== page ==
Alana Boyd. Picture: Lincoln Baker, The West Australian
Alana Boyd. Picture: Lincoln Baker, The West Australian

Australia's Olympic Games aspirations have been boosted by the record-breaking leap of pole vaulter Alana Boyd, who stole the show at the Go for 2&5 Track Classic.

The 27-year-old's decision to move from Queensland to Perth to join coach Alex Parnov paid dividend when she claimed the Australian outdoor record with 4.66m in Saturday night's competition. That effort would have ranked her among the top six women in the world last year.

With Steve Hooker's Olympics title defence in trouble after last week admitting he had lost his nerve and would not compete for the rest of the domestic season, the spotlight is on Boyd.

She said her first couple of attempts to surpass Kym Howe's record of 4.65m were not good.

"I was a bit too excited and ran too fast, but the timing of the third jump was very good technically and the feeling on the way down, knowing the record was mine, was great," Boyd said.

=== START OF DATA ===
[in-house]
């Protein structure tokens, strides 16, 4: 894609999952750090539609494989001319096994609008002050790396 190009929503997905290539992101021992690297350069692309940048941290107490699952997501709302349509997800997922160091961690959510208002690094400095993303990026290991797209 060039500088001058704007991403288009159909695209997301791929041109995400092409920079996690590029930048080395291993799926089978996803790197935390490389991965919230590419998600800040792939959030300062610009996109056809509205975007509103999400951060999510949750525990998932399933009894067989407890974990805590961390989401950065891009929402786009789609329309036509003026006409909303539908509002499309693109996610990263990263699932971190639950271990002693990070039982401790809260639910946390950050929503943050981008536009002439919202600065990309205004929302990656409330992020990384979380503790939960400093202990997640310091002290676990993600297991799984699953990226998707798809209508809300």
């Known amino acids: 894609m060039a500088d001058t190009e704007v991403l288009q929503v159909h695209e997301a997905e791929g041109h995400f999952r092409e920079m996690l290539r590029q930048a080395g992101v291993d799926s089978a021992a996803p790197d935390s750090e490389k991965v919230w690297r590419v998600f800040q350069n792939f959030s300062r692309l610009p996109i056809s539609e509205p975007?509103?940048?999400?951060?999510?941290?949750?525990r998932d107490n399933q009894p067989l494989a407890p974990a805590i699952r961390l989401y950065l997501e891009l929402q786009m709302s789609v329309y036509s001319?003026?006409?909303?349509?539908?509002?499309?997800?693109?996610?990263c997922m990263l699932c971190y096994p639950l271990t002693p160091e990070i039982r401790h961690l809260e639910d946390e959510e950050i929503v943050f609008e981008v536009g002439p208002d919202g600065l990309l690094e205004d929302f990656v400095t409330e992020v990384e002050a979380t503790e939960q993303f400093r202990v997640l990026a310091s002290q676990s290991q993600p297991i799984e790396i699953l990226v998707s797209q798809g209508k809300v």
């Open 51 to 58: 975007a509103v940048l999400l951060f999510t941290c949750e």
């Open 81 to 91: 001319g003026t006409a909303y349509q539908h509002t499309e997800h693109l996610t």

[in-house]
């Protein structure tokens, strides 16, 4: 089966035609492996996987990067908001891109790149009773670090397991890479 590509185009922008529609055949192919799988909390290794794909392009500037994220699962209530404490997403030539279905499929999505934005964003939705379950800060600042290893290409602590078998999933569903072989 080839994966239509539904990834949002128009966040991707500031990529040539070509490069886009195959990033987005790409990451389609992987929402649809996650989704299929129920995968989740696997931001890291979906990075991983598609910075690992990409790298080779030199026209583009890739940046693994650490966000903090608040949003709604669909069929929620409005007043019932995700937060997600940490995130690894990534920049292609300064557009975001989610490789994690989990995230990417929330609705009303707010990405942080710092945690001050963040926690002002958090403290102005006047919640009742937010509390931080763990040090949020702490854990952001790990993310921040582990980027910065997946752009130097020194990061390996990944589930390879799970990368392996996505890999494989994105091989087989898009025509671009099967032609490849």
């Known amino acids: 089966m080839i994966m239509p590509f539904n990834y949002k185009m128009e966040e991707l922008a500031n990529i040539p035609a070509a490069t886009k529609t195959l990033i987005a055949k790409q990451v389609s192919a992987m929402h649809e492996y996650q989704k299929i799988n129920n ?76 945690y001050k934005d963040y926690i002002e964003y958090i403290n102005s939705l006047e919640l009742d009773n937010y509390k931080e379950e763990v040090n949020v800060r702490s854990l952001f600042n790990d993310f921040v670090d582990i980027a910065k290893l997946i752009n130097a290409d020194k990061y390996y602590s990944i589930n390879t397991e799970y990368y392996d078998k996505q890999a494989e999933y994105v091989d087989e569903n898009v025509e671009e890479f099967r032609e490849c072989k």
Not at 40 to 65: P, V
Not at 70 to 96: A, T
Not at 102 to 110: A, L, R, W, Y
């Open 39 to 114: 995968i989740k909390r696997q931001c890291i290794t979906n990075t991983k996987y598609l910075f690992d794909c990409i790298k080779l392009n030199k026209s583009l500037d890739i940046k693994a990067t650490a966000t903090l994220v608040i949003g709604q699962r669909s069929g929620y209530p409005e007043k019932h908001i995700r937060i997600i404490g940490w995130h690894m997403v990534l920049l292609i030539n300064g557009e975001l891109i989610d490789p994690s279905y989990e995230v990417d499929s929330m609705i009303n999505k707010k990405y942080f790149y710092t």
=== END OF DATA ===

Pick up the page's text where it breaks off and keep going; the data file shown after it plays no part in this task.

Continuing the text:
"It was nice to get a five centimetre personal best and get closer to the 4.70m mark."

She said the Australian indoor record, which Howe holds at 4.72m, was her next goal.

"I am not looking for anything specific. I just want to jump well technically and if I can do that, the bar should keep going up," Boyd said.

Australian high performance manager Eric Hollingsworth said performances across the board were improving.

"We have already achieved 27 Olympic A-qualifiers and that is higher than I can remember in previous Olympic years," he said.

"I am very happy with the way we are tracking."

Hollingsworth had particular praise for John Steffensen after his performance in winning the 400m against a class field.

"He is a quality athlete and that is what quality athletes do - they prepare well and this was a very good first time out for him," he said.

Sally Pearson, the IAAF international athlete of the year, had hoped for a strong start to her domestic campaign in the 100m hurdles, where she is just seven hundredths of a second off the world record.

The 25-year-old started well out of the blocks but almost came unstuck over the sixth hurdle, eventually finishing with a disappointing 12.86sec. Earlier, she failed in her record attempt in the 100m sprint with a time of 11.28.

"I thought it would be a lot faster. I expected a lot more from my training," Pearson said. "You've got to perform on the day, and I didn't. It was only my first race and I have a lot more work to do."

The West Australian

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